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Alaska's Delegation Comments on President's Proposed 2014 Budget


April 10, 2013
Wednesday PM

(SitNews) Ketchikan, Alaska - President Barack Obama sent Congress a $3.8 trillion spending blueprint on Wednesday that strives to address runaway deficits, raising taxes on the wealthy, raising taxes on smokers and trimming popular benefit programs including Social Security and Medicare.

Expressing disappointment with untenable cuts to Social Security and the elimination of incentives for energy development, Senator Mark Begich (D-Alaska) outlined his concerns today about President Obama’s Fiscal Year (FY) 2014 Budget.  The President sent Congress his Budget for Fiscal Year 2014 Wednesday morning.

“I’m disappointed that this budget projects significant annual deficits,” said Begich.  “It doesn’t go after the real issues I hoped we would address like waste and fraud – issues I hear about from Alaskans about on a regular basis.”

Senator Begich said in a press release that he is particularly concerned with elimination of incentives for oil and gas exploration in Alaska - an industry that is critical for the Alaska economy.   “The proposed budget affects oil and gas in a negative way,” said Sen. Begich. “It takes away critical incentives that ensure we continue to grow oil and gas exploration.”

In addition creating obstacles to industry, Begich said the proposed budget jeopardizes already lean Social Security payments to seniors.  “I believe there are ways to streamline Social Security through efficiency - we don’t have to cut benefits to save money,” said Begich.  “This budget puts the burden on the backs of seniors.  Alaskans have paid into this system all their lives and they deserve our support in their golden years.  These kinds of cuts just don’t represent Alaska values and don’t fix the real problem.” 

Senator Begich intends to continue working from his position on the Appropriations Committee to bring smart investment to Alaska while ensuring taxpayer funds are being used efficiently.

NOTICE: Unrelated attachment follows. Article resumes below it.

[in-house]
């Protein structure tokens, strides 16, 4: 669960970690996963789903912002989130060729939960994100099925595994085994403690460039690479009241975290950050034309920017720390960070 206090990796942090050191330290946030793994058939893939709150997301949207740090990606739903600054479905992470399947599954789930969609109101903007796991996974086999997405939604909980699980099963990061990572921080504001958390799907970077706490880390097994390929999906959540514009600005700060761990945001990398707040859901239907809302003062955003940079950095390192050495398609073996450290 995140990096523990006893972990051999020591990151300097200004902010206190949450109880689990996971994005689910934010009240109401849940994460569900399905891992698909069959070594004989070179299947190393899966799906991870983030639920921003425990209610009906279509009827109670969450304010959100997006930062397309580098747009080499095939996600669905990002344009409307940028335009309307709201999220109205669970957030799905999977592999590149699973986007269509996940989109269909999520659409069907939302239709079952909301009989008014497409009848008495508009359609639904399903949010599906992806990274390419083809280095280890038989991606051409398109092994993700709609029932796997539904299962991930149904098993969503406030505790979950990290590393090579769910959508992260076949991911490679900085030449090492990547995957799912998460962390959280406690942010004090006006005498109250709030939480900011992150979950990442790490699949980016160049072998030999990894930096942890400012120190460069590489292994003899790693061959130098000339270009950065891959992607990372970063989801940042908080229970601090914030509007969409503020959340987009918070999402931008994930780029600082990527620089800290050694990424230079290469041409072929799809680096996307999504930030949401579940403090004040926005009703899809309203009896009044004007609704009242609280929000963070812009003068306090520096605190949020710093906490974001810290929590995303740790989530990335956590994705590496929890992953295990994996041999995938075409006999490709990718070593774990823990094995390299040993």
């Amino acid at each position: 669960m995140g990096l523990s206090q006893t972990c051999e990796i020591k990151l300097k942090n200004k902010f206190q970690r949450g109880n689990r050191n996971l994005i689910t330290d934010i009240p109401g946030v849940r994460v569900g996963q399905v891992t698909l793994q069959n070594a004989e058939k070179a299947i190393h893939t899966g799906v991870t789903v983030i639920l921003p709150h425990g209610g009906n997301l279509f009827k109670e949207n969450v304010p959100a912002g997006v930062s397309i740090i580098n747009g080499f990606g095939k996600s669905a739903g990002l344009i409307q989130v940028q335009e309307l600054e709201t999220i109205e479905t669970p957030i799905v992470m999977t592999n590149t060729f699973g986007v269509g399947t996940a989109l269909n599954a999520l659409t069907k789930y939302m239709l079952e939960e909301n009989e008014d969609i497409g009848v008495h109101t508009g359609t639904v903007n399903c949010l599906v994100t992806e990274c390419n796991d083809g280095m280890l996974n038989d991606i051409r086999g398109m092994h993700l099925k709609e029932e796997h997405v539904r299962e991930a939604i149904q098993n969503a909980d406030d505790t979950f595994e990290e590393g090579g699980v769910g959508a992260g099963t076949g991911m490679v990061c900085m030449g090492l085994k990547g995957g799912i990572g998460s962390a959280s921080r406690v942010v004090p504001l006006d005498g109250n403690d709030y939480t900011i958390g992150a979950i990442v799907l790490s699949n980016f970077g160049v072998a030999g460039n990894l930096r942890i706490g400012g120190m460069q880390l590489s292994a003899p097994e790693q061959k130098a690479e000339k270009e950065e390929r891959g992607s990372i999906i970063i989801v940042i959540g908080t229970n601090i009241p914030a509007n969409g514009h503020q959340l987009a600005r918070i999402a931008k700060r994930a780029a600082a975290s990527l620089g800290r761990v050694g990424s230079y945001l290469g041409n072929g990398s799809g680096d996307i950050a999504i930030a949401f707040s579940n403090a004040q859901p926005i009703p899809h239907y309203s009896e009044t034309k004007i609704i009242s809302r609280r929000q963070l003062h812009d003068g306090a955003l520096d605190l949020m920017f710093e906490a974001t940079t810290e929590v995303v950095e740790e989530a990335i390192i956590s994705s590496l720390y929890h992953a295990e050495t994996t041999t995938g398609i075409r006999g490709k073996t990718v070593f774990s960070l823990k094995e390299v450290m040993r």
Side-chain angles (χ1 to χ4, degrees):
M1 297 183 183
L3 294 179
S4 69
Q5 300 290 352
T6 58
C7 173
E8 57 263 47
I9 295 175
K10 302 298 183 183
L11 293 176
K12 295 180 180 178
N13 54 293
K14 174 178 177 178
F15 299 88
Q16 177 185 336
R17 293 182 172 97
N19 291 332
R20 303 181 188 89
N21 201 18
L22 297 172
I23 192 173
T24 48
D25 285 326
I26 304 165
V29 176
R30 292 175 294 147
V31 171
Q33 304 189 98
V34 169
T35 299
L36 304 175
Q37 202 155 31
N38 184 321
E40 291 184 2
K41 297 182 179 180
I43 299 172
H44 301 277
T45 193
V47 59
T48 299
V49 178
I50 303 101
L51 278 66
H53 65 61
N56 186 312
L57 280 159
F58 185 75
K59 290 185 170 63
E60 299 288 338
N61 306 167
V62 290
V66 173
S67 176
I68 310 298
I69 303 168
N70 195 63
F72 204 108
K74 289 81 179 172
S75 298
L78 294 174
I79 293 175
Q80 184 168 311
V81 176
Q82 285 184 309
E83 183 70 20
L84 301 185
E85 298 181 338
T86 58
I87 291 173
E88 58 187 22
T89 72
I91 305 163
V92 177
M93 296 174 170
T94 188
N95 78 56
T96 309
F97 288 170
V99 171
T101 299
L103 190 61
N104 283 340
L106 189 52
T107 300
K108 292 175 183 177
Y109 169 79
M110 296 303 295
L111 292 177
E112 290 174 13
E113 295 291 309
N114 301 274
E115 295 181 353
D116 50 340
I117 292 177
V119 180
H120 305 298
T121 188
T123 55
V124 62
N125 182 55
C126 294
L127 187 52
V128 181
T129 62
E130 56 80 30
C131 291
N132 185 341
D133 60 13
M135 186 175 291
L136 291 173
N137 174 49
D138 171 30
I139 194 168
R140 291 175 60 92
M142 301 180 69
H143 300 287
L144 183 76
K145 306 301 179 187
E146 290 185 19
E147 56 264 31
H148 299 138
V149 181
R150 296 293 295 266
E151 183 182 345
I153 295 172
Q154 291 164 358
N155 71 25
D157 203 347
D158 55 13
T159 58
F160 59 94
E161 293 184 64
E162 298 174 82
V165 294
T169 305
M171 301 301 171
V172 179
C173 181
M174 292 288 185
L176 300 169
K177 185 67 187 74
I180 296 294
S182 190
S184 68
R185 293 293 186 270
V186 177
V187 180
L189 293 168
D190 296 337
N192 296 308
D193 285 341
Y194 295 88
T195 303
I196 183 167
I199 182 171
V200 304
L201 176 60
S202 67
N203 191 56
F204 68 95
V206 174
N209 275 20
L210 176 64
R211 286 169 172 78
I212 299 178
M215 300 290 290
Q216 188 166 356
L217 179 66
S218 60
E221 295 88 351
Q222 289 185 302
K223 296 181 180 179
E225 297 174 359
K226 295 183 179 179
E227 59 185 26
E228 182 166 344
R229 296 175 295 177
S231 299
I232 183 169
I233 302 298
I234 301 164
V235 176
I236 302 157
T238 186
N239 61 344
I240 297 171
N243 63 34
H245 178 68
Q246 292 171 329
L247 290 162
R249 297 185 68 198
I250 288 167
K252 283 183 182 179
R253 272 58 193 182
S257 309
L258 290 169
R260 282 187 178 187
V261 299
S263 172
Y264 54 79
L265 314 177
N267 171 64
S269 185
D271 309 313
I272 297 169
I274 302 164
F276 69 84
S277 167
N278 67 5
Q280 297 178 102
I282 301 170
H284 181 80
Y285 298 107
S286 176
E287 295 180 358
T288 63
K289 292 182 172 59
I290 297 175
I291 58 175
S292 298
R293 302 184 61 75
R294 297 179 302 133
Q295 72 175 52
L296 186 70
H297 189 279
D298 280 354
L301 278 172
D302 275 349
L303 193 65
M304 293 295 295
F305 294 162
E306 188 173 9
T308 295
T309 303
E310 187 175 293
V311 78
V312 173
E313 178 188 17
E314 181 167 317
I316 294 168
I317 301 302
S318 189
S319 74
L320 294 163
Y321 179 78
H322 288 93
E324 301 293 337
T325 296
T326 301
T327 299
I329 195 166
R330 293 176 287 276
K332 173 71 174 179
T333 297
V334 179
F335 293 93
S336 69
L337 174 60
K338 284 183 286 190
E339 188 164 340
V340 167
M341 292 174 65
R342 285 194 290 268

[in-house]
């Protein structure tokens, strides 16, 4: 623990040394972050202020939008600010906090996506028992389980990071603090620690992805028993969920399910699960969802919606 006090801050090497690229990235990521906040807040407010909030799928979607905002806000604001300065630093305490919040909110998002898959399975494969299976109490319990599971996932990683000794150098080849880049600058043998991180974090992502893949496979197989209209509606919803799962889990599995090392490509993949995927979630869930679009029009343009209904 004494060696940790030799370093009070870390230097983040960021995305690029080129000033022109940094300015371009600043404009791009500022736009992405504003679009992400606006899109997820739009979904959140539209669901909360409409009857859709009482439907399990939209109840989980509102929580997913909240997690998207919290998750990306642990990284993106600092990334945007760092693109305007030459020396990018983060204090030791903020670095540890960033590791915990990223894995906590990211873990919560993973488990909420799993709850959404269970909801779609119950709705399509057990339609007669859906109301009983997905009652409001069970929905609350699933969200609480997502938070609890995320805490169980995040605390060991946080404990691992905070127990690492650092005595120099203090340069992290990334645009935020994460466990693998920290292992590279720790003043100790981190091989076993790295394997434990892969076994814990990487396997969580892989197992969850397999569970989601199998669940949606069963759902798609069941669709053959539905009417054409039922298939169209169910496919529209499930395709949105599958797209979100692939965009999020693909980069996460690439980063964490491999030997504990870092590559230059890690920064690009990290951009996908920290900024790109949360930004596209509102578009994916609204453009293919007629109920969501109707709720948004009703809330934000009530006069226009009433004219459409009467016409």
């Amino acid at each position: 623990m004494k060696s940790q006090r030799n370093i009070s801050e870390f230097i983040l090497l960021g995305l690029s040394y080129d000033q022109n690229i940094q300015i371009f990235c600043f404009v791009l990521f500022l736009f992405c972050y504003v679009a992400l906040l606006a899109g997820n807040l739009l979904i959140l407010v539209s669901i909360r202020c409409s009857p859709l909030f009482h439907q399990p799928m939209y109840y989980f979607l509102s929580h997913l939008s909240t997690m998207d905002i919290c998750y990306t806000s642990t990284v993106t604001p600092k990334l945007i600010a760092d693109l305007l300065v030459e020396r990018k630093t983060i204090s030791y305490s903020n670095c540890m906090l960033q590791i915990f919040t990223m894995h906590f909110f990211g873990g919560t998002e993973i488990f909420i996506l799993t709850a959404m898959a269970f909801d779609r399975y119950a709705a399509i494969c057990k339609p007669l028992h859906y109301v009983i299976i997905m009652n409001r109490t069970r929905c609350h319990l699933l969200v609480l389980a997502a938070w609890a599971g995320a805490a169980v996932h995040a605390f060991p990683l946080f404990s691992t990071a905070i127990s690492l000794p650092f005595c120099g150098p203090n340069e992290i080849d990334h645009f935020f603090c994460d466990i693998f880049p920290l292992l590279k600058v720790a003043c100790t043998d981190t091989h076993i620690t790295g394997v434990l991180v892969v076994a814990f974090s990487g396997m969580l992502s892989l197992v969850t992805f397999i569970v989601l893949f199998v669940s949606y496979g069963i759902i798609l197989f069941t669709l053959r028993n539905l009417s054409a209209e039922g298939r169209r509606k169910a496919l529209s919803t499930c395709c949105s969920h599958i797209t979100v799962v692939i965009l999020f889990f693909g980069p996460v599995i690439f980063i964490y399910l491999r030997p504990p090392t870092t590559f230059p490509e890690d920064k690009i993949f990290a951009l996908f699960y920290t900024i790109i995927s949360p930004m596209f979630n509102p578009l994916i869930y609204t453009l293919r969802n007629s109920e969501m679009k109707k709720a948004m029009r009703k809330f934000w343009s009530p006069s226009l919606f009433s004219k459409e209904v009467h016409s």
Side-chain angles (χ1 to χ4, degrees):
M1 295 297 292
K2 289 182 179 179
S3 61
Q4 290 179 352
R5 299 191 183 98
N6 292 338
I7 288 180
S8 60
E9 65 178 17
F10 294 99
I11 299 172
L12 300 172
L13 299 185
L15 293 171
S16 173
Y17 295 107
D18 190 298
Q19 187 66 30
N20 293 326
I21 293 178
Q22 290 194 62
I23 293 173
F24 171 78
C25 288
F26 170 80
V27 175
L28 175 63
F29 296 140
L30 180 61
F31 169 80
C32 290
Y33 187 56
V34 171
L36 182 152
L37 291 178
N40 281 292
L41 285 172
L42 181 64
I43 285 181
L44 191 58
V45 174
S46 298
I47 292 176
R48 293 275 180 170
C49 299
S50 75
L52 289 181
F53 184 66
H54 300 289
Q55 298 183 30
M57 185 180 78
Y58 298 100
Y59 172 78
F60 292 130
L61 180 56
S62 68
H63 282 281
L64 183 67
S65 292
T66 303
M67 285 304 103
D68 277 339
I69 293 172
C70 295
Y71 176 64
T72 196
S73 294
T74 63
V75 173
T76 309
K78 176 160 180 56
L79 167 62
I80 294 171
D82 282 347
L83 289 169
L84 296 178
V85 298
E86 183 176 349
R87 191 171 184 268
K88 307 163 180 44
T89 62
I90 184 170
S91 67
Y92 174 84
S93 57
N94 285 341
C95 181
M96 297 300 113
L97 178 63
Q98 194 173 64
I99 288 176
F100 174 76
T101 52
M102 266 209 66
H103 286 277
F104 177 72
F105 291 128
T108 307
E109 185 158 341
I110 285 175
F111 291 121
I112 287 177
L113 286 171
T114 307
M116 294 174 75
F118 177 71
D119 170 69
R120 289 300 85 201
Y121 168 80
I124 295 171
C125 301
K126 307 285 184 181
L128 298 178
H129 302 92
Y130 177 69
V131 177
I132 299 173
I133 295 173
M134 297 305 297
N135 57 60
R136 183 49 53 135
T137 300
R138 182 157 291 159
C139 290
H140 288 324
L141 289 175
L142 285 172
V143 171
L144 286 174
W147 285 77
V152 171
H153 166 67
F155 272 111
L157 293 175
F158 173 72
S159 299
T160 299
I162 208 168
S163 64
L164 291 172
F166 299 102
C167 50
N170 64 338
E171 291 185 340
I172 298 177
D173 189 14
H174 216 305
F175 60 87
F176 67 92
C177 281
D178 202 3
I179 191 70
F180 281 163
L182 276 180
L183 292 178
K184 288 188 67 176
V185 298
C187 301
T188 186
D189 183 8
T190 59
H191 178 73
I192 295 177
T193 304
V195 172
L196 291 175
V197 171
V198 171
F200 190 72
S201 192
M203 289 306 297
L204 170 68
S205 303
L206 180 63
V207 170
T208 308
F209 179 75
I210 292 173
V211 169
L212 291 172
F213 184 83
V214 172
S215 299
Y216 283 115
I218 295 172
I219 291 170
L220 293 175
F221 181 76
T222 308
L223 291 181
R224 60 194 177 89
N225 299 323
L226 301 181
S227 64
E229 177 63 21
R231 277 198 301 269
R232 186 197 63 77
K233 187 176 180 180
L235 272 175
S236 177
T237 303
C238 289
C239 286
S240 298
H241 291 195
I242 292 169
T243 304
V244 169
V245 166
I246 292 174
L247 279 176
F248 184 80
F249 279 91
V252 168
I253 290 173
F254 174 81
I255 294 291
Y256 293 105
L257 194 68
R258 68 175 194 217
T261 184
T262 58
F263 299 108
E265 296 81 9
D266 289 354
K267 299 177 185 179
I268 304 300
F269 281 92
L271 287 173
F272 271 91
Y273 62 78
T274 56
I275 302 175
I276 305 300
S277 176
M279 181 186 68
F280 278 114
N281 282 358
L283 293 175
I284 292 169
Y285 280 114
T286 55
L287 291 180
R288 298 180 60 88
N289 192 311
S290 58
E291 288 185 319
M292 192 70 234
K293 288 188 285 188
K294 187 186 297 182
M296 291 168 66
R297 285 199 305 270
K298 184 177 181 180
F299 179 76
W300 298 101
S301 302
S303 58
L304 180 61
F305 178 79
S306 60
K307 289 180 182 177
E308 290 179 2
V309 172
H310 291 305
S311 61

“Alaskans expect the government to deliver a balanced budget that funds programs that help ensure national security, stimulate our economy and support our most vulnerable,” Begich said.

Senator Lisa Murkowski (R-Alaska) responded to the budget proposal submitted to Congress by President Obama, originally due for introduction on February 4th, saying: “The President once again is leading from behind, this time leading us deeper into debt.  65 days after his budget was due and two-plus weeks after we voted on the Senate budget, the President is now entering the budget conversation, after the smoke has cleared – with a plan for billions more in tax and spend policy."

 Murkowski said, “Everyone in the country realizes that the current financial path we are on is unsustainable, but the President’s budget would increase our spending by $170 trillion in the first year along. So while the administration claims to be laying out a 10-year plan to reduce spending in the long run, they’re passing the buck – trillions of bucks, actually – to whomever sits in the White House next." 

“It is true that the President has acknowledged the obvious step that I’ve advocated for – that mandatory spending programs must be reformed to make Medicare and Social Security sustainable for the future – but his solution is nip and tuck where we need more substantive reforms," said Murkowski.  "As for taxes, the President continues to push tax hikes on a small number of Americans and scapegoating certain industries when it is clear that we need comprehensive individual and corporate tax reform that is simpler and fairer.”

Alaskan Congressman Don Young (R- Alaska) in a prepared statement said, “Despite the fact that the President took two extra months to prepare a budget proposal, it appears to be more of the same tax and spend agenda we have seen from President Obama over the past four years. If it didn’t work the first four times, why would it work now?"

Young said, “With the presidential elections behind us, I hoped the President would work with Congress and meet us halfway, but instead, he chose to send us a budget that does little to create jobs, weakens our sputtering economy, and leaves us further in debt than when we started. This is not the leadership the American people deserve."

“As a nation, we cannot cut or spend our way to prosperity nor can we tax our way to budget surpluses," said Young. "Two weeks ago, I supported a real budget which eliminates wasteful spending, reforms our tax code, strengthens Medicare, provides for our military and veterans, and does all of this and more while reducing the deficit by $4.6 trillion."

“I’ve always said that the President’s budget proposal is simply that, a proposal," said Young. {It is up to Congress to implement the budget, and I believe that the Ryan budget, which passed the House last month, is a good starting point to putting the country on a sound fiscal path for many years to come."


Edited by Mary Kauffman, SitNews

On the Web:

Remarks by the President Announcing the Fiscal Year 2014 Budget

Top 10 Things You Need to Know About President Obama's 2014 Budget


Source of News: 

Office of U.S. Sen. Lisa Murkowski

Office of U.S. Sen. Mark Begich

Office of Congressman Don Young

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